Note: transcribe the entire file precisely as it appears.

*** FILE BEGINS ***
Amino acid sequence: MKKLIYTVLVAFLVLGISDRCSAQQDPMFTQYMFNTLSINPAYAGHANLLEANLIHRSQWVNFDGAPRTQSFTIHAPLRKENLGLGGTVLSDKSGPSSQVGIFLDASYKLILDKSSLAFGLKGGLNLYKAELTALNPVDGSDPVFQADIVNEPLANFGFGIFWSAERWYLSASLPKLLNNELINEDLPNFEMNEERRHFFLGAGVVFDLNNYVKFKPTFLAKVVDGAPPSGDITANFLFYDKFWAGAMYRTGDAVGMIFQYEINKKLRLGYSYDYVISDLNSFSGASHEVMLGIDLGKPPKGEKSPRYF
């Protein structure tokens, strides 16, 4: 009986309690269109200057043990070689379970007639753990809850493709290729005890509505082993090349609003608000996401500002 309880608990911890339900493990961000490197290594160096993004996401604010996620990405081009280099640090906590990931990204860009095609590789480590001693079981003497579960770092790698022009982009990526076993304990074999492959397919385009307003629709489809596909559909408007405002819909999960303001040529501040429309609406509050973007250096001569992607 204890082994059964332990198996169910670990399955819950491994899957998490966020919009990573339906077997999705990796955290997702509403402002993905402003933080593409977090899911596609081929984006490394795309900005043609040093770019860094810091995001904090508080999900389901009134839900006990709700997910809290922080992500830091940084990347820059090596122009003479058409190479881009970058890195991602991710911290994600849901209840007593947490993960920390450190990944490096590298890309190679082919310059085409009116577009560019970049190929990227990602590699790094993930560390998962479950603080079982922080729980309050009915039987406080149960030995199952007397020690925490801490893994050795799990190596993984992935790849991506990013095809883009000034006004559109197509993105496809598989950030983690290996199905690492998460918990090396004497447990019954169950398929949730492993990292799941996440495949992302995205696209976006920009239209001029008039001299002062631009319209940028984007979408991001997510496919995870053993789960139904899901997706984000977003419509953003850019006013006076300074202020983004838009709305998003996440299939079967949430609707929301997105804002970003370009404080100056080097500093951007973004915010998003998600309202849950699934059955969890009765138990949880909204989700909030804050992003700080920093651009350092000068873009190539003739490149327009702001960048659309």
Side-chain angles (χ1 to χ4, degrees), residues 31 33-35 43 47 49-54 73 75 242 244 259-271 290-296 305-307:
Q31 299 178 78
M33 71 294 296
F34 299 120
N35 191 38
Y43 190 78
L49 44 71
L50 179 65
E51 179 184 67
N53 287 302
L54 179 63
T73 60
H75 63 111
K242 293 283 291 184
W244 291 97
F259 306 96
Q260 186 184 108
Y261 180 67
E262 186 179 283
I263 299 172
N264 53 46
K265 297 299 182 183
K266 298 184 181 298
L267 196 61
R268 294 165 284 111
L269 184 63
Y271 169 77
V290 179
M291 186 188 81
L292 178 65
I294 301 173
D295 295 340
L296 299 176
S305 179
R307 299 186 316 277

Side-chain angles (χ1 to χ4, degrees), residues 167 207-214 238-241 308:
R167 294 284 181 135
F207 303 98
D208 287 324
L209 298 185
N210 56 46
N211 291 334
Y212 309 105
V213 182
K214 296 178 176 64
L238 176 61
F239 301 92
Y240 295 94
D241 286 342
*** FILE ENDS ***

Amino acid sequence: MKKLIYTVLVAFLVLGISDRCSAQQDPMFTQYMFNTLSINPAYAGHANLLEANLIHRSQWVNFDGAPRTQSFTIHAPLRKENLGLGGTVLSDKSGPSSQVGIFLDASYKLILDKSSLAFGLKGGLNLYKAELTALNPVDGSDPVFQADIVNEPLANFGFGIFWSAERWYLSASLPKLLNNELINEDLPNFEMNEERRHFFLGAGVVFDLNNYVKFKPTFLAKVVDGAPPSGDITANFLFYDKFWAGAMYRTGDAVGMIFQYEINKKLRLGYSYDYVISDLNSFSGASHEVMLGIDLGKPPKGEKSPRYF
């Protein structure tokens, strides 16, 4: 009986309690269109200057043990070689379970007639753990809850493709290729005890509505082993090349609003608000996401500002 309880608990911890339900493990961000490197290594160096993004996401604010996620990405081009280099640090906590990931990204860009095609590789480590001693079981003497579960770092790698022009982009990526076993304990074999492959397919385009307003629709489809596909559909408007405002819909999960303001040529501040429309609406509050973007250096001569992607 204890082994059964332990198996169910670990399955819950491994899957998490966020919009990573339906077997999705990796955290997702509403402002993905402003933080593409977090899911596609081929984006490394795309900005043609040093770019860094810091995001904090508080999900389901009134839900006990709700997910809290922080992500830091940084990347820059090596122009003479058409190479881009970058890195991602991710911290994600849901209840007593947490993960920390450190990944490096590298890309190679082919310059085409009116577009560019970049190929990227990602590699790094993930560390998962479950603080079982922080729980309050009915039987406080149960030995199952007397020690925490801490893994050795799990190596993984992935790849991506990013095809883009000034006004559109197509993105496809598989950030983690290996199905690492998460918990090396004497447990019954169950398929949730492993990292799941996440495949992302995205696209976006920009239209001029008039001299002062631009319209940028984007979408991001997510496919995870053993789960139904899901997706984000977003419509953003850019006013006076300074202020983004838009709305998003996440299939079967949430609707929301997105804002970003370009404080100056080097500093951007973004915010998003998600309202849950699934059955969890009765138990949880909204989700909030804050992003700080920093651009350092000068873009190539003739490149327009702001960048659309």
Side-chain angles (χ1 to χ4, degrees), residues 31 33-35 43 47 49-54 73 75 242 244 259-271 290-296 305-307:
Q31 299 178 78
M33 71 294 296
F34 299 120
N35 191 38
Y43 190 78
L49 44 71
L50 179 65
E51 179 184 67
N53 287 302
L54 179 63
T73 60
H75 63 111
K242 293 283 291 184
W244 291 97
F259 306 96
Q260 186 184 108
Y261 180 67
E262 186 179 283
I263 299 172
N264 53 46
K265 297 299 182 183
K266 298 184 181 298
L267 196 61
R268 294 165 284 111
L269 184 63
Y271 169 77
V290 179
M291 186 188 81
L292 178 65
I294 301 173
D295 295 340
L296 299 176
S305 179
R307 299 186 316 277

Side-chain angles (χ1 to χ4, degrees), residues 167 207-214 238-241 308:
R167 294 284 181 135
F207 303 98
D208 287 324
L209 298 185
N210 56 46
N211 291 334
Y212 309 105
V213 182
K214 296 178 176 64
L238 176 61
F239 301 92
Y240 295 94
D241 286 342